Recently, the FTC has paid much attention to the fintech industry. For example, in 2018 it sued Lending Club, which provided lons to customers with no hidden fees. As it turned out, in reality this club stated (often behind obscure hyperlinks) that it charges a 5% fee.
The key lesson from the FTC’s actions is that companies should always be truthful and transparent with their customers and avoid hidden fees.
Consumer Financial Protection Bureau
This government agency makes sure that lenders, banks, and other financial institutions don’t deceive people.
Recently, the Consumer Financial Protection Bureau launched a US consumer network for fintech. This network will promote regulatory certainty for financial innovators and help companies stay tuned for changes in the fintech space.
Europian Union GDPR rules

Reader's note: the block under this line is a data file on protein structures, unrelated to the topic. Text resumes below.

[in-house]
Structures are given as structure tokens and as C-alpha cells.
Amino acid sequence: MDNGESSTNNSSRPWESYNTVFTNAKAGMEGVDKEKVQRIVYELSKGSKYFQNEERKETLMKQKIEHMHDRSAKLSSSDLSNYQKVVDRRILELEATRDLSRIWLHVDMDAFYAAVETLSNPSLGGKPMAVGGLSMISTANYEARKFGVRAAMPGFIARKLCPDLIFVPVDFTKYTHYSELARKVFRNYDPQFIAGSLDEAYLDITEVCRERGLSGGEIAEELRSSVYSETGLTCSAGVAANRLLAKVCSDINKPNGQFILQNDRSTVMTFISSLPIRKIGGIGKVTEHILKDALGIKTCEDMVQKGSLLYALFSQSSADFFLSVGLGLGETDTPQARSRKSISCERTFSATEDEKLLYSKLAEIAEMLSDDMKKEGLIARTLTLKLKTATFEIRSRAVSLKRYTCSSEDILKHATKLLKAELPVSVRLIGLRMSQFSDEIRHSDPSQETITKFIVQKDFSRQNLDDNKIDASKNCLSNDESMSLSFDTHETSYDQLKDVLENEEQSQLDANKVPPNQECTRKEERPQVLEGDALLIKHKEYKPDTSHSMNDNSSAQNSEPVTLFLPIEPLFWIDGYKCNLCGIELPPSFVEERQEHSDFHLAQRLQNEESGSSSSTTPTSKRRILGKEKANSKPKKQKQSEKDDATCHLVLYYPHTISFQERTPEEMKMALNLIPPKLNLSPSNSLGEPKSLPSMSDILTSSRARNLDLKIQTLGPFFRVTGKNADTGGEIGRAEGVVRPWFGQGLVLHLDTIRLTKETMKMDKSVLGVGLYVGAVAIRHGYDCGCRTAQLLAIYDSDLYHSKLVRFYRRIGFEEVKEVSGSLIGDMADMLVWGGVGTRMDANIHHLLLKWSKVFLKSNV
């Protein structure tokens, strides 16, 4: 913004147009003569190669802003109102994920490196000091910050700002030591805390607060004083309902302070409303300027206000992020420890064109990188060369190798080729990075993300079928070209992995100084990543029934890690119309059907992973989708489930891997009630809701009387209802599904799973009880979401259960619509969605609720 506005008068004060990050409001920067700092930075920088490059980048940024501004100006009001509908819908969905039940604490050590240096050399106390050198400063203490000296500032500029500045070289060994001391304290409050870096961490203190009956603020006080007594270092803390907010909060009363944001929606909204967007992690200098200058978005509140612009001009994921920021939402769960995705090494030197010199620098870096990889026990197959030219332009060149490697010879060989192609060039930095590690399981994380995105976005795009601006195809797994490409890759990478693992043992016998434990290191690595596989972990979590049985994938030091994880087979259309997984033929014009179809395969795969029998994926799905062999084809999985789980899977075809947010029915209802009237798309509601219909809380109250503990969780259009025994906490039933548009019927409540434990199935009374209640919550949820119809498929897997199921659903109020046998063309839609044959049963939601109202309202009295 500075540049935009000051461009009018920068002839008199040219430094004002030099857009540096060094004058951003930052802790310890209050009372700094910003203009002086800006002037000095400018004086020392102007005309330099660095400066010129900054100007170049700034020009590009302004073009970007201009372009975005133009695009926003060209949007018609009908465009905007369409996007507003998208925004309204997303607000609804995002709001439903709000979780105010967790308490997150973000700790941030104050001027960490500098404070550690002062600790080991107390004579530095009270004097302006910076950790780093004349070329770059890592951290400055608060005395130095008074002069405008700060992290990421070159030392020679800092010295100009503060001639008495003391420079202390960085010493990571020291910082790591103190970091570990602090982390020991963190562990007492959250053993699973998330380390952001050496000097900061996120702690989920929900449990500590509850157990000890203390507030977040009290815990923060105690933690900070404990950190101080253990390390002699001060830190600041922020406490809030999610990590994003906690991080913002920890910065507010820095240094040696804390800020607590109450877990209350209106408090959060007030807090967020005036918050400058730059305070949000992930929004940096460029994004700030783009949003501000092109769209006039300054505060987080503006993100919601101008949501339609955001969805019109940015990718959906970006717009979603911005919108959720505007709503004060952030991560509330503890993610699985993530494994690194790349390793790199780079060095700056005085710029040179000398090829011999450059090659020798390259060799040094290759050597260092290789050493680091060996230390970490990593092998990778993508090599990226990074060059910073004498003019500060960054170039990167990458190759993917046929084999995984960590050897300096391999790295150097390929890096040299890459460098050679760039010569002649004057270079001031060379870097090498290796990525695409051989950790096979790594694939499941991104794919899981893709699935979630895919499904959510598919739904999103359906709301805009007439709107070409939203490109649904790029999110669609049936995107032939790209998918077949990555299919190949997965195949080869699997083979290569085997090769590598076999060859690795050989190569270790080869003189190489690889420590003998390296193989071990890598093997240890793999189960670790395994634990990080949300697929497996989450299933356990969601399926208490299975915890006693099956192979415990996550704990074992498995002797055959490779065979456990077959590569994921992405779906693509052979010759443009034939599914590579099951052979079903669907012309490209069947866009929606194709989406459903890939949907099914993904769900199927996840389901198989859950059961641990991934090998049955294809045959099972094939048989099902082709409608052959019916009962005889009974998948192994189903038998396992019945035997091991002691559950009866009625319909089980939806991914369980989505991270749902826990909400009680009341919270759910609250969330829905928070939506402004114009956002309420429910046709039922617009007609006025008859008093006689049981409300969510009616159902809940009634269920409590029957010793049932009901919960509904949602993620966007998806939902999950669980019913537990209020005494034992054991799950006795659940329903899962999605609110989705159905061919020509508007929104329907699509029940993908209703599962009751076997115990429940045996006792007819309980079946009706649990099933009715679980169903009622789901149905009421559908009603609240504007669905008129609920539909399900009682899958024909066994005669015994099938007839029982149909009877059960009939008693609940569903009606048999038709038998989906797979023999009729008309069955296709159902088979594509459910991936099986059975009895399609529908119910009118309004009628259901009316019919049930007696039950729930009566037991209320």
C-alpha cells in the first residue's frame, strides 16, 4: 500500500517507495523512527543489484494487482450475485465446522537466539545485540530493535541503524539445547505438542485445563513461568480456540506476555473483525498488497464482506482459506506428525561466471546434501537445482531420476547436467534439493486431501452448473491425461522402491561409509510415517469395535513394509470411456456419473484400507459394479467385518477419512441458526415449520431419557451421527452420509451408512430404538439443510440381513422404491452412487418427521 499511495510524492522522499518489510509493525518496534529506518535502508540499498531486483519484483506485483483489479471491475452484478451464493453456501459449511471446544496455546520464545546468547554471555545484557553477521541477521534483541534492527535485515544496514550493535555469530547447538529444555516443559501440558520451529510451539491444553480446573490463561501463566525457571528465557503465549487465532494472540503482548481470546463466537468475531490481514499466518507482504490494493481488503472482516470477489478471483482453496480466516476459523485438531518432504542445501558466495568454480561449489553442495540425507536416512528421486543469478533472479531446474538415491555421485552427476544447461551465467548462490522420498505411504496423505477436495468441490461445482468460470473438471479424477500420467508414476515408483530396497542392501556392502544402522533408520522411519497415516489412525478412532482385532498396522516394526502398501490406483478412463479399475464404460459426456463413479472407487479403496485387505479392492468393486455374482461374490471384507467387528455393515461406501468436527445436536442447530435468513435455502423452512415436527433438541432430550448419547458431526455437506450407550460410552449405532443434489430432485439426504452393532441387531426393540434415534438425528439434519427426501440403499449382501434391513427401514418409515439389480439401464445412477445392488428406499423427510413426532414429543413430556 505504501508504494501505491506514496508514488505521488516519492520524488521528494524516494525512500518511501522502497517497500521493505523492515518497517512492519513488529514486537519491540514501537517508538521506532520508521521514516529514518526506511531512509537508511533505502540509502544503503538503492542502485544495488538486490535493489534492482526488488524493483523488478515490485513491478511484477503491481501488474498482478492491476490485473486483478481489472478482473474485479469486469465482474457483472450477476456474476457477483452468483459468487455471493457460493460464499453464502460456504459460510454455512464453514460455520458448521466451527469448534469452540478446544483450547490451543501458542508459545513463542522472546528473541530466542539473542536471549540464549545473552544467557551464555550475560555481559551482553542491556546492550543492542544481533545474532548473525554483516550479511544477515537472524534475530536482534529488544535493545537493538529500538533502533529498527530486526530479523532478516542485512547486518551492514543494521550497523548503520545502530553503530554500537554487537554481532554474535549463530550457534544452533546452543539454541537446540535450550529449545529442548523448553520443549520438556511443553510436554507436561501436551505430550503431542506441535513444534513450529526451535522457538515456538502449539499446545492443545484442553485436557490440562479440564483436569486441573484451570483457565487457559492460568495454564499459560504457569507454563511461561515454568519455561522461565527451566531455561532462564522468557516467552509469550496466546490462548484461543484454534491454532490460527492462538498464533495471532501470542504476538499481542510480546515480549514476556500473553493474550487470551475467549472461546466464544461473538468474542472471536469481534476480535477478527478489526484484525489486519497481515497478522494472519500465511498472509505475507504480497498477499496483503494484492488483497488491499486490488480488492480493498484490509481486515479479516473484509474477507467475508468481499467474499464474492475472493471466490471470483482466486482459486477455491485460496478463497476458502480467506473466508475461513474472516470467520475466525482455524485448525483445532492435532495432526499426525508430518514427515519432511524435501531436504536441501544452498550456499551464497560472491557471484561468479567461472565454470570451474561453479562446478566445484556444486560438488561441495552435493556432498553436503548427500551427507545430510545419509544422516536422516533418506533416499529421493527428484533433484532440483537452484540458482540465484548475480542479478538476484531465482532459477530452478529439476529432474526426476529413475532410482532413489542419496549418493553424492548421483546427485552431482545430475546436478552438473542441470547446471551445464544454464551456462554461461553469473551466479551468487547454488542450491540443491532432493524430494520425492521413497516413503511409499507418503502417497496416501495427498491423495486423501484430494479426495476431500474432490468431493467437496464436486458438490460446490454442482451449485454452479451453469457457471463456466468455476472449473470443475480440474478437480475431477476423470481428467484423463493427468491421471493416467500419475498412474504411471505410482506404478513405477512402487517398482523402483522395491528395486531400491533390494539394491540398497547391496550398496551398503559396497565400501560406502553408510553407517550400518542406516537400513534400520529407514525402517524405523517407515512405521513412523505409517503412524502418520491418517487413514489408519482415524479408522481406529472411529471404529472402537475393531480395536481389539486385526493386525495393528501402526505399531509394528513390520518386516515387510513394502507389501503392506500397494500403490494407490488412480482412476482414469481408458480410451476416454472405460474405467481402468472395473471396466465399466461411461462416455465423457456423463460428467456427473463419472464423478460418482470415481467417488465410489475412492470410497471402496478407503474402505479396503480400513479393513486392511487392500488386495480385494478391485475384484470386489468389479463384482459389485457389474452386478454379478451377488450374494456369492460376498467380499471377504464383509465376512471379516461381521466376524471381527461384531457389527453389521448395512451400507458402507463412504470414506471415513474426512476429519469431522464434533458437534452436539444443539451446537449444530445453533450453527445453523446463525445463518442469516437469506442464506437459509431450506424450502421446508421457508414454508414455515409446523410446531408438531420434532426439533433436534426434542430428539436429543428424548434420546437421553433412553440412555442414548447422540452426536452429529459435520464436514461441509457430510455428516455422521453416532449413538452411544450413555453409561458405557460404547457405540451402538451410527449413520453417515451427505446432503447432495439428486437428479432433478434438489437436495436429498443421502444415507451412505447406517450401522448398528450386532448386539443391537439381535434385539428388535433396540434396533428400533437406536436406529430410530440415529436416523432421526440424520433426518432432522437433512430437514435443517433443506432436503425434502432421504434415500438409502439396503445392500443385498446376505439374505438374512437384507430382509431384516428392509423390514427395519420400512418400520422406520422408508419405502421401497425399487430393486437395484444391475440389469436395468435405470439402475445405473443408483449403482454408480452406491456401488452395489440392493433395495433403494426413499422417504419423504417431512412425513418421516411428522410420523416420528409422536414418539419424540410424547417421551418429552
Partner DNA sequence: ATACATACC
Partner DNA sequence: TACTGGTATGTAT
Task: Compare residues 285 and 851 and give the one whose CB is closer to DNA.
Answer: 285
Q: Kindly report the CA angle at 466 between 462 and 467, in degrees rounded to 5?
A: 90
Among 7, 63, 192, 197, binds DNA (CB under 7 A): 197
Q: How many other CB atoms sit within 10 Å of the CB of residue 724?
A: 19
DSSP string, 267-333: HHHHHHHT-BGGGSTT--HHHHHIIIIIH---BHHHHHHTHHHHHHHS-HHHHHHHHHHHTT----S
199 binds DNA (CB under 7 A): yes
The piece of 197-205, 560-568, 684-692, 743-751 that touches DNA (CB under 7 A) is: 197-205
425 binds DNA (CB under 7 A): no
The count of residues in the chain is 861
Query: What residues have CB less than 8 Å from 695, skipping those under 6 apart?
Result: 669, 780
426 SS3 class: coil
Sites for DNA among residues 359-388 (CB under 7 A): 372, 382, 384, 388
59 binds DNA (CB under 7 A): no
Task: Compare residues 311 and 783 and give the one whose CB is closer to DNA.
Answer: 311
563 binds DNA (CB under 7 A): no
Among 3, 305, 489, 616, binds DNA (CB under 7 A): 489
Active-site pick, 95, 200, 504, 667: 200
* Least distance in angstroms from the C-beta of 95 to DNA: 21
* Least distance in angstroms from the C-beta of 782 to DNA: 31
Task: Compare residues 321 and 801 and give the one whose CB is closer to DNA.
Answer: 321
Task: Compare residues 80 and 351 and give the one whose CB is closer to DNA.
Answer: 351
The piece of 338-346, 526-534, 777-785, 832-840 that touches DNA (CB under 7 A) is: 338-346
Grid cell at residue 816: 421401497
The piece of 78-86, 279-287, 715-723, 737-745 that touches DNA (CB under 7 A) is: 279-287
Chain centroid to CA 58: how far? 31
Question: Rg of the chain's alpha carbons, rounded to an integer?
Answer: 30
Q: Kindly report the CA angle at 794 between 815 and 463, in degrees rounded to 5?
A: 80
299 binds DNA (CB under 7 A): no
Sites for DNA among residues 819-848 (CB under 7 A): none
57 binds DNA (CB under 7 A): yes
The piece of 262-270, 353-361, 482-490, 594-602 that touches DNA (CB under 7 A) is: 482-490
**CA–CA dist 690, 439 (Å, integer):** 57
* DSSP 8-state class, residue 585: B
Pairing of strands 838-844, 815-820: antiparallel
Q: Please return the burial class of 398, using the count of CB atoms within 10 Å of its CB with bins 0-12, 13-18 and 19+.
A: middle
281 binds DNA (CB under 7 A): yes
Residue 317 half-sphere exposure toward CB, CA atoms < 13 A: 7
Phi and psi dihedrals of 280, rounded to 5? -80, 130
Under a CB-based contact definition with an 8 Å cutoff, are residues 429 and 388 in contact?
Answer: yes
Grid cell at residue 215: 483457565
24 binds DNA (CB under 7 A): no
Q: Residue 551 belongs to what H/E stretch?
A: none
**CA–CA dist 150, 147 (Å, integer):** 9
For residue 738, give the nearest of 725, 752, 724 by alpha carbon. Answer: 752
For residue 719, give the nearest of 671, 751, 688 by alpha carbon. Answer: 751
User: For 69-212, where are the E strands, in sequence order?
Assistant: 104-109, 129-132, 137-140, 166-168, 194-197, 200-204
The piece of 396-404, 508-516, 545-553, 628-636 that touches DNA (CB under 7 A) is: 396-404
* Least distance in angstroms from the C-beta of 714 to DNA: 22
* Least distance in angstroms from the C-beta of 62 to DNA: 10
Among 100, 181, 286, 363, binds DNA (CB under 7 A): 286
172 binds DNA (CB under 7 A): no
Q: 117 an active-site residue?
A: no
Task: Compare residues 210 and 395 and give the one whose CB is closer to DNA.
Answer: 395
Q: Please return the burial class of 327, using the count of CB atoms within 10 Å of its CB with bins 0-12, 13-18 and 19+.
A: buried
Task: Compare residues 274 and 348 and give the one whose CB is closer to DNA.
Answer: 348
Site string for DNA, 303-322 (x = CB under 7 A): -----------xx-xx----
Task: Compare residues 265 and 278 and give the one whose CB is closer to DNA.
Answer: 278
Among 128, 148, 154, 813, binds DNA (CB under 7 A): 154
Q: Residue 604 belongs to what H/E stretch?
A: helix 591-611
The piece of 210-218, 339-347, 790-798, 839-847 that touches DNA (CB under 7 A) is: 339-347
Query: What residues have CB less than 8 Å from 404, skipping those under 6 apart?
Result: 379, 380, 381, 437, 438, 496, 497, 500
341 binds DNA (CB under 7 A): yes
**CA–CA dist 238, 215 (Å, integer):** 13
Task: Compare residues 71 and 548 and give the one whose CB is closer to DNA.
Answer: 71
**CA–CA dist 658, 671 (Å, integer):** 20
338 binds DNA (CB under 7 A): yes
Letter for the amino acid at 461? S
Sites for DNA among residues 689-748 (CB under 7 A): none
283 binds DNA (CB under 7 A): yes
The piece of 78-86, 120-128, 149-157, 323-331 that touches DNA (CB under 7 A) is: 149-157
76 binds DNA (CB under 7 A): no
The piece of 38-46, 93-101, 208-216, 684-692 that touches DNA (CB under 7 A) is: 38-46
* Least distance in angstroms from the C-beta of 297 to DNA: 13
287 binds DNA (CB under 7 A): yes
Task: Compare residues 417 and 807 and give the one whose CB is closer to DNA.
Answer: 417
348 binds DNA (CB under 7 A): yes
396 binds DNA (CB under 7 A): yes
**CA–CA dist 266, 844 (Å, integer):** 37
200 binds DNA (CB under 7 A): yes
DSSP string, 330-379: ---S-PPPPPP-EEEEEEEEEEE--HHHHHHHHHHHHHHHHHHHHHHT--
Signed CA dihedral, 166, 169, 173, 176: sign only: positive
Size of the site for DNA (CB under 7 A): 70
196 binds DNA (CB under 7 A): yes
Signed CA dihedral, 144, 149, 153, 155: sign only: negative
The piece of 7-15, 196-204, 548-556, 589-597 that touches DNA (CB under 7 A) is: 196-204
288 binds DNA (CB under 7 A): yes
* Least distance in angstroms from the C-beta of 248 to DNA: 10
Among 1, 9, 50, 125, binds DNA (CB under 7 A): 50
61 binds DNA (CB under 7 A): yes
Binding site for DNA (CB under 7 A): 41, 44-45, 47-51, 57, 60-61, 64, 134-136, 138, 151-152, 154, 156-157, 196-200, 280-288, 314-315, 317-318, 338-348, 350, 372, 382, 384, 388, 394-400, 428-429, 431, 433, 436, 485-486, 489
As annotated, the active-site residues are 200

Here are the things that every fintech business should know about GDPR:
- GDPR may affect your business even if you don’t have physical operations in the EU
- You must document processes and policies as well as regularly review your security measures
- You should only work with personal data for a specific purpose
- You customers have the right to data portability (i.e., the opportunity to switch service providers and get back their personal data)
- You must notify EU authorities about breaches within 72 hours
Anti money laundering laws
Anti Money Laundering Laws are created to prevent illegal financial operations.The purpose of AML rules is to detect suspicious activity such as money laundering, terrorist financing, securities fraud, and market manipulation.